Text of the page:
NMU provides welcoming environment for future students

Hannah Snyder and Hannah Snyder

photo (2)By Feature Editor: Hannah Snyder

Located in Marquette Michigan, Northern Michigan University is one of the most interesting universities in the Midwest. NMU is home to over nine thousand students and has been a public, four year university since 1899.

Deciding on a future career can be one of the hardest decisions a student can make. At NMU, 180 different majors are available along with 120 minors. Being a high school senior who isn’t positive of how I want my future to unfold, NMU provides me with a wide variety of choices to choose from.

NMU understands how important it is to make each and every student feel at home. During a recent tour of the campus, I was lucky enough to view two of the ten residence halls that are located on campus. Just like most colleges, NMU provides students with the option of what type of living environment they’d enjoy. Payne Hall, for example, is considered a quiet, academic-based atmosphere. While Meyland Hall is more open to everyone and full of welcoming students who become very close through bonding activities throughout the year. I noticed that each hall looks roughly the same on the outside so it’s interesting to see the different dynamics  that come along with each one.

If you’re used to having a large, comfortable room at home expect to be disappointed when you move into a dorm room at NMU. The way each display room is arranged makes the space feel small and crowded but I was informed that multiple room options can be created to suit each student’s preference. Typically, a room comes with two beds, desks, chairs, and a dresser to share. To increase the amount of space, the two beds can be turned into lofts or may become attached to create bunk beds. Two dorms are usually shared between a bathroom, but students can also request to live in a single room. The bathroom space isn’t anything extravagant either. However, it is the average size dorm room bathroom and I don’t think it would be hard to adjust to.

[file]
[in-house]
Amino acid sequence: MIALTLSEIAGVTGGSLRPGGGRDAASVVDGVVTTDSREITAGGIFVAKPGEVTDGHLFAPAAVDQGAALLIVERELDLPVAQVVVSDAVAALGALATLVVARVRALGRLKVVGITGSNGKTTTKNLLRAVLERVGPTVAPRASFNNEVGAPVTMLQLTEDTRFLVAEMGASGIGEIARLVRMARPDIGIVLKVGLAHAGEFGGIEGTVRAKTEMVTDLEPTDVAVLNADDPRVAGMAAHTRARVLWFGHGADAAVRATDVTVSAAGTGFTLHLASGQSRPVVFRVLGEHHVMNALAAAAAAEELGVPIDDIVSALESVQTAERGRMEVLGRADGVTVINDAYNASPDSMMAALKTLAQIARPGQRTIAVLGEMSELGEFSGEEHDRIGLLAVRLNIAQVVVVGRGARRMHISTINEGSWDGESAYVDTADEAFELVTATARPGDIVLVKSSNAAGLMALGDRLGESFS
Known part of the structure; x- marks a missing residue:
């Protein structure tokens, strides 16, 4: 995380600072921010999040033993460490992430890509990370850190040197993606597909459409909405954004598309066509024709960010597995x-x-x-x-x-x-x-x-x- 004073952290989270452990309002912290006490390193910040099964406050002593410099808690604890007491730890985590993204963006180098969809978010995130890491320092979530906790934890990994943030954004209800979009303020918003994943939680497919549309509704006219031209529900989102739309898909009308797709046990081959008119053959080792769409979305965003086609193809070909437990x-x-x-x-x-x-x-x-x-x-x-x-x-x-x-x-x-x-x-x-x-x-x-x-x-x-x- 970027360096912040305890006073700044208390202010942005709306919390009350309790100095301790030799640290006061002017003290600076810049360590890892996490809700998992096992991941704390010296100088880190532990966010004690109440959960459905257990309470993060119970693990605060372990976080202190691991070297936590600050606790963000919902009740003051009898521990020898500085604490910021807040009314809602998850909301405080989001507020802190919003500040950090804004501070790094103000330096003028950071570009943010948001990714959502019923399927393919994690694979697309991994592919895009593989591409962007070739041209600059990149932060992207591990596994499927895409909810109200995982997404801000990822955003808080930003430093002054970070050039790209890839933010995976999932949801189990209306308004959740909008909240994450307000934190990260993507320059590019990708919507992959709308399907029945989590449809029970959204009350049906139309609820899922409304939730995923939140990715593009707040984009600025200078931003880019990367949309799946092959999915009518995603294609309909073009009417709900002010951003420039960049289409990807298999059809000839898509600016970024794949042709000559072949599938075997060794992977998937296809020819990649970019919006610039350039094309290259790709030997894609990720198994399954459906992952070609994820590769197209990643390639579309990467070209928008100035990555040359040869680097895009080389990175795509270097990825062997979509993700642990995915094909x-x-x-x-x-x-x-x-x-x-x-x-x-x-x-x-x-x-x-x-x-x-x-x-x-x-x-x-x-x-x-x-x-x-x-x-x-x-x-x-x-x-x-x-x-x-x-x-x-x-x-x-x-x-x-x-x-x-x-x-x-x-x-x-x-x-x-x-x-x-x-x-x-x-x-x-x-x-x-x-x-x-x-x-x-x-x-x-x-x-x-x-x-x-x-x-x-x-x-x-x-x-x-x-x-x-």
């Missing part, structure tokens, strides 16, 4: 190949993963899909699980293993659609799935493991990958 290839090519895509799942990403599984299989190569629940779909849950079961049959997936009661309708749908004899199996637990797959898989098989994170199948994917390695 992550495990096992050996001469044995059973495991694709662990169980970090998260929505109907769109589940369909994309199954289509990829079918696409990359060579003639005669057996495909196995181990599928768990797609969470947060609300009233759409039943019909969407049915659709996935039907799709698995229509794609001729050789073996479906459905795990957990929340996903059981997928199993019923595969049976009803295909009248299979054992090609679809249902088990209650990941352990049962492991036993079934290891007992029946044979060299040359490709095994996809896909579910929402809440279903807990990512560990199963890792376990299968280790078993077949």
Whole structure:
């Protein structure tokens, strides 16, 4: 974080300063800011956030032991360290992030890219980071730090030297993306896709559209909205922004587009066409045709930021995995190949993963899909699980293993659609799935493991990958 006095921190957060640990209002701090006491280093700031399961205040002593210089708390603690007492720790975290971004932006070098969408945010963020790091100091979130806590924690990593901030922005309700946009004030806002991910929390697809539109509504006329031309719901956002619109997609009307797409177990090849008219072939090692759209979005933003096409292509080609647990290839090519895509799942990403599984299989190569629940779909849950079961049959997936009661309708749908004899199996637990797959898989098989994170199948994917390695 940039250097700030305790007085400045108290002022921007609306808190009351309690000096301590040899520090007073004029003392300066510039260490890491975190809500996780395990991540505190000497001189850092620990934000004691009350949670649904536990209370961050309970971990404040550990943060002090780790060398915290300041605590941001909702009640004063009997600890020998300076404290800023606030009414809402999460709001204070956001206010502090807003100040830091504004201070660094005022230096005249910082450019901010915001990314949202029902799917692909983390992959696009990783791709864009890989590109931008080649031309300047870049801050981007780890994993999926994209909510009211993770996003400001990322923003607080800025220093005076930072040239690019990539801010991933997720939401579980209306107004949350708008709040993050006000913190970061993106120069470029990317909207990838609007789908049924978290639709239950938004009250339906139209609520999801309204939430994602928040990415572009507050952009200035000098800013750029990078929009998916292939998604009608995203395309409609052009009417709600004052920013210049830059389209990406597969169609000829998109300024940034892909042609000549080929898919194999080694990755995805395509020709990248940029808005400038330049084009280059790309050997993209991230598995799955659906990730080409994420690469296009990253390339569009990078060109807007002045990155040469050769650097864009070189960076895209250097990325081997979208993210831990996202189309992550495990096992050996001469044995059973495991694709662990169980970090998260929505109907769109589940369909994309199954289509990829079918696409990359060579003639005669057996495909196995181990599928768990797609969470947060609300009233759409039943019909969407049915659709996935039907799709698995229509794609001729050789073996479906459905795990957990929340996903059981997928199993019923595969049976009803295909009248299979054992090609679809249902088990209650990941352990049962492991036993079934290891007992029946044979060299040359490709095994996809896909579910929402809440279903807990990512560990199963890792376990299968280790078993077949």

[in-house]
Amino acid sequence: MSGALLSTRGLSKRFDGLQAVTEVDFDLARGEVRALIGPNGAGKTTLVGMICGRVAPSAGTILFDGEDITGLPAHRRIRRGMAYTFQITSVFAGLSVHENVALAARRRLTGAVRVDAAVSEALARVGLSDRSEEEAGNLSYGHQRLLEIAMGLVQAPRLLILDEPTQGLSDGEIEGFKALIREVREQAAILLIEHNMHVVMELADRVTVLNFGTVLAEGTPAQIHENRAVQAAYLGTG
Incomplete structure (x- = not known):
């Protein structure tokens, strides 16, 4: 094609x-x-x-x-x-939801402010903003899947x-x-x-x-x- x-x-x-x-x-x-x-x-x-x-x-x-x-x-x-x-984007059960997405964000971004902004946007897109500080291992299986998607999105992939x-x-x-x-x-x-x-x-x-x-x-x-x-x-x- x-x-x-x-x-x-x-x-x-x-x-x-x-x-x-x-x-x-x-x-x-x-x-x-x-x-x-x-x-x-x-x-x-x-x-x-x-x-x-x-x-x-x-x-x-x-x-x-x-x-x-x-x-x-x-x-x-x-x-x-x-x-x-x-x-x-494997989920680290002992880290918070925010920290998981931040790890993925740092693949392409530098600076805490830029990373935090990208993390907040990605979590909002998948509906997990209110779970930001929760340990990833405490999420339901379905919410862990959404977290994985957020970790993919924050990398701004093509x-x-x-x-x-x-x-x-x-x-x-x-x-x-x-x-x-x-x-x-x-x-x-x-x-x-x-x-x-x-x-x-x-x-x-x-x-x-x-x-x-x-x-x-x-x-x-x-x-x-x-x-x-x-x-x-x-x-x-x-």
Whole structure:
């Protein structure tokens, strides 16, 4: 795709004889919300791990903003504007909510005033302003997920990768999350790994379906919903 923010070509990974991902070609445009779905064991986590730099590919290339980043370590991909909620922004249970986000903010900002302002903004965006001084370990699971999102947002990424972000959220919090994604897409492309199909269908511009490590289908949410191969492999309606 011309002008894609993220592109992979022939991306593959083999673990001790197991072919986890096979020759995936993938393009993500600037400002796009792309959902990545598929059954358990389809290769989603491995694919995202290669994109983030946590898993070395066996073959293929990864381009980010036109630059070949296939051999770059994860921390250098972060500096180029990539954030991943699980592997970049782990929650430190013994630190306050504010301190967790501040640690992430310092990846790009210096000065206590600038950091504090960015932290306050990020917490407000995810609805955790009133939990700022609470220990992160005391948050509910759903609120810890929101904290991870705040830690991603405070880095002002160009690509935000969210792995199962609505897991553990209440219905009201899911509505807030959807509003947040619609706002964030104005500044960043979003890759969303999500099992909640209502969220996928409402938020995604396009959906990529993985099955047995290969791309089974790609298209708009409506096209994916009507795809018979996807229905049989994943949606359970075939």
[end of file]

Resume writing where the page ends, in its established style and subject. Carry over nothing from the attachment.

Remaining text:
NMU doesn’t hold back when it comes to clubs, student organizations, and activities on campus. As of the 2013-2014 school year, there are currently over 300 registered student organizations on campus ranging from academic based, religious to even natural related. The school has something to offer for every student’s interests. NMU also has a student run newspaper, radio show and student government. It was reassuring to know that no matter what my interest was, I would be able to pursue it on campus. To me personally, joining a club or organization seems like the fastest way to make friends on campus who have similar interests as me.

Home of the Wildcats, NMU is a very competitive, involved school that takes pride in their teams. From soccer, hockey, basketball, volleyball, track – almost every sport is offered for athletes. A signature monument at NMU is the Superior Dome. It’s the location for every NMU football game and is the largest wooden dome in the world. While walking throughout campus, the dome can be seen at almost any angle. Although, I don’t picture the 5-10 minute walk to the football stadium being very pleasant during the winter months.

Students planning on attending NMU can expect snow a good majority of the school year.  In the Upper Peninsula, Mother Nature never fails to drop several feet of snow onto the campus during the winter months. The weather is the only downside of the school in my eyes. Since NMU is located right on the coast of Lake Superior, the cold winds coming off of the lake are often felt throughout the year. However, if you can look past and ignore the cold temperatures throughout the year, you’ll notice that the campus is breathtaking. The snow does have a few perks though, it’s not just there to make you feel like an ice cube on your way to class. During the winter, Marquette Mountain is open for students to ski and snowboard during their free time.

If you’re somewhat interested in the campus but aren’t positive it would be the school for you I would recommend signing up to take a walking tour with a current NMU student. It significantly changed my opinion of the school and made me even much more excited to study there in the near future. Traveling a long distance away from home for college may not be ideal for everyone, but for those who are willing to take on the adventure, NMU could potentially be the best choice.